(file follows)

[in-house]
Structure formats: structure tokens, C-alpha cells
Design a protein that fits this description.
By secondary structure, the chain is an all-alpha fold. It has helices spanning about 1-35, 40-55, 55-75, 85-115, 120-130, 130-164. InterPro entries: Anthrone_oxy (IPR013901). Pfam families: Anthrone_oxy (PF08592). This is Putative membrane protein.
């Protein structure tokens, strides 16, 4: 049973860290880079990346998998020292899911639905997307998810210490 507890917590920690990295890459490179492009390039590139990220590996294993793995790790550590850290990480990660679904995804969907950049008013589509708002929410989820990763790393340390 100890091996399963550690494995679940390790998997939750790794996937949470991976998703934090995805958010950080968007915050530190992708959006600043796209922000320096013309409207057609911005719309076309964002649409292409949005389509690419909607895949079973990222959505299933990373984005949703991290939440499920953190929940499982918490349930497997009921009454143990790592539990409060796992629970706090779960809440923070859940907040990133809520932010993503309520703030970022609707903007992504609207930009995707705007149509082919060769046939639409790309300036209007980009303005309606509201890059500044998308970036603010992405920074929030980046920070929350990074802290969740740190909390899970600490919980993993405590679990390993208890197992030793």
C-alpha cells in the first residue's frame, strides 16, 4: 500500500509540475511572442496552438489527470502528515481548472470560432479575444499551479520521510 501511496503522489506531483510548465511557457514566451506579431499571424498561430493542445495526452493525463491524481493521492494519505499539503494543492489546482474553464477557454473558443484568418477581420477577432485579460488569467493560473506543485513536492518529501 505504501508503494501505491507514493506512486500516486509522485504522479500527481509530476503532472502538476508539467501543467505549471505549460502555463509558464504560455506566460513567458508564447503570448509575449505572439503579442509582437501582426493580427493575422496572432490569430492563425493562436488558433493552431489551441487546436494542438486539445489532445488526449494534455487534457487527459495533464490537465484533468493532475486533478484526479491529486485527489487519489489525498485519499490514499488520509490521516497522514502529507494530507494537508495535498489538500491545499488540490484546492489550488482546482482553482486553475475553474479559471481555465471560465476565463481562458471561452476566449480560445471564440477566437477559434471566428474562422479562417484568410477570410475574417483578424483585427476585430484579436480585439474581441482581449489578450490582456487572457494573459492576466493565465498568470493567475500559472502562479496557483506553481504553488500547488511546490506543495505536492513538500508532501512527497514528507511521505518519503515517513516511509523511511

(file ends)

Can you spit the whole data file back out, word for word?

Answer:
[in-house]
Structure formats: structure tokens, C-alpha cells
Design a protein that fits this description.
By secondary structure, the chain is an all-alpha fold. It has helices spanning about 1-35, 40-55, 55-75, 85-115, 120-130, 130-164. InterPro entries: Anthrone_oxy (IPR013901). Pfam families: Anthrone_oxy (PF08592). This is Putative membrane protein.
């Protein structure tokens, strides 16, 4: 049973860290880079990346998998020292899911639905997307998810210490 507890917590920690990295890459490179492009390039590139990220590996294993793995790790550590850290990480990660679904995804969907950049008013589509708002929410989820990763790393340390 100890091996399963550690494995679940390790998997939750790794996937949470991976998703934090995805958010950080968007915050530190992708959006600043796209922000320096013309409207057609911005719309076309964002649409292409949005389509690419909607895949079973990222959505299933990373984005949703991290939440499920953190929940499982918490349930497997009921009454143990790592539990409060796992629970706090779960809440923070859940907040990133809520932010993503309520703030970022609707903007992504609207930009995707705007149509082919060769046939639409790309300036209007980009303005309606509201890059500044998308970036603010992405920074929030980046920070929350990074802290969740740190909390899970600490919980993993405590679990390993208890197992030793």
C-alpha cells in the first residue's frame, strides 16, 4: 500500500509540475511572442496552438489527470502528515481548472470560432479575444499551479520521510 501511496503522489506531483510548465511557457514566451506579431499571424498561430493542445495526452493525463491524481493521492494519505499539503494543492489546482474553464477557454473558443484568418477581420477577432485579460488569467493560473506543485513536492518529501 505504501508503494501505491507514493506512486500516486509522485504522479500527481509530476503532472502538476508539467501543467505549471505549460502555463509558464504560455506566460513567458508564447503570448509575449505572439503579442509582437501582426493580427493575422496572432490569430492563425493562436488558433493552431489551441487546436494542438486539445489532445488526449494534455487534457487527459495533464490537465484533468493532475486533478484526479491529486485527489487519489489525498485519499490514499488520509490521516497522514502529507494530507494537508495535498489538500491545499488540490484546492489550488482546482482553482486553475475553474479559471481555465471560465476565463481562458471561452476566449480560445471564440477566437477559434471566428474562422479562417484568410477570410475574417483578424483585427476585430484579436480585439474581441482581449489578450490582456487572457494573459492576466493565465498568470493567475500559472502562479496557483506553481504553488500547488511546490506543495505536492513538500508532501512527497514528507511521505518519503515517513516511509523511511